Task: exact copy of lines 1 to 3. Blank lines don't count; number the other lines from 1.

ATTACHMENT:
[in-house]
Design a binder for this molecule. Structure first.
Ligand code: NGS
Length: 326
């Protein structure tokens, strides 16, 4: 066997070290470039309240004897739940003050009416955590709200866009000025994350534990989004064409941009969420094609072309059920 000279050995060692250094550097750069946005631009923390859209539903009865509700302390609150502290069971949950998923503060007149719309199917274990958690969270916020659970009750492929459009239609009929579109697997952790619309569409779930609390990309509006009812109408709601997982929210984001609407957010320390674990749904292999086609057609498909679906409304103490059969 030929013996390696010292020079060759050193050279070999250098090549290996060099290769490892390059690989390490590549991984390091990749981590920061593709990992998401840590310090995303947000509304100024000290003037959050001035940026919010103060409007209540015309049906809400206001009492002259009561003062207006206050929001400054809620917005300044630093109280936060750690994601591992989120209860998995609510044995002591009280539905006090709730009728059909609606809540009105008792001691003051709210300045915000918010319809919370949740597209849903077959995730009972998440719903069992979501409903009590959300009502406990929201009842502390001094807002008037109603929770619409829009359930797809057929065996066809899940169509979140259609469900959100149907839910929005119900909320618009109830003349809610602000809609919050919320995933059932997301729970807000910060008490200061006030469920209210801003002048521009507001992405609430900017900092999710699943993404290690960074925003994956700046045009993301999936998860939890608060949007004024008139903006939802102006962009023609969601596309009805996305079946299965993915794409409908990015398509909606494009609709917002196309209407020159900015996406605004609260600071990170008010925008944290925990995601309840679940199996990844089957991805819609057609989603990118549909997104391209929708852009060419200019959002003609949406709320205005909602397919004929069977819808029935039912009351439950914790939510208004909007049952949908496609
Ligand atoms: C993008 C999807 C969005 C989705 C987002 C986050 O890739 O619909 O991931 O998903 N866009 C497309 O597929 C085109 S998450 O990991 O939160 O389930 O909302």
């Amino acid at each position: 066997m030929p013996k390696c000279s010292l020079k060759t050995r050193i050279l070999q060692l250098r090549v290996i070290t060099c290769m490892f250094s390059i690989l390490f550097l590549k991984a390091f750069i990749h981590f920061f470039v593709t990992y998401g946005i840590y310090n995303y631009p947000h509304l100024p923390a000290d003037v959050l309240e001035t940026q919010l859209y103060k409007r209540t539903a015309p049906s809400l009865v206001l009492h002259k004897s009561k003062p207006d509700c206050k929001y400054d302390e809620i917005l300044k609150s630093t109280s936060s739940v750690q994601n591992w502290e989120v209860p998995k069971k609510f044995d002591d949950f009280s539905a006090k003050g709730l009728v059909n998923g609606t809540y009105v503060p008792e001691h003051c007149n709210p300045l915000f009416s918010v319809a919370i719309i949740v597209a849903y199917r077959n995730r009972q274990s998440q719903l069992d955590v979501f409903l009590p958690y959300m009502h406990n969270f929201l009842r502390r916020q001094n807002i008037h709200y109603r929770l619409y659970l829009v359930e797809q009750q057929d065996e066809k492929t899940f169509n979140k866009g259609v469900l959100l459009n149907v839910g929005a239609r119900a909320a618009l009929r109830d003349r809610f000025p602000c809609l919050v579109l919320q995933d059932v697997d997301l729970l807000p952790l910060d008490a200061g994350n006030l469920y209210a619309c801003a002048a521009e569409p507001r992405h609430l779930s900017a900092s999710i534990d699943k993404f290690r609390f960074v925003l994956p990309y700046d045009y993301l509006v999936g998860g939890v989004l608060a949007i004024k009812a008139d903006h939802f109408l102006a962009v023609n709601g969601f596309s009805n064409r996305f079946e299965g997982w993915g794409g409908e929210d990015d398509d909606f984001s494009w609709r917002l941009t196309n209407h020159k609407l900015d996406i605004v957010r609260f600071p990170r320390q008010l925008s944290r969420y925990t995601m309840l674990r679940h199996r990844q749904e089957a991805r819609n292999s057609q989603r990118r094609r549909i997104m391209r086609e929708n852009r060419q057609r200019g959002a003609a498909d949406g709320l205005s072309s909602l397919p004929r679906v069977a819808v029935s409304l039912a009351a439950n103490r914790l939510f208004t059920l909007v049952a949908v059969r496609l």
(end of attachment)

[in-house]
Design a binder for this molecule. Structure first.
Ligand code: NGS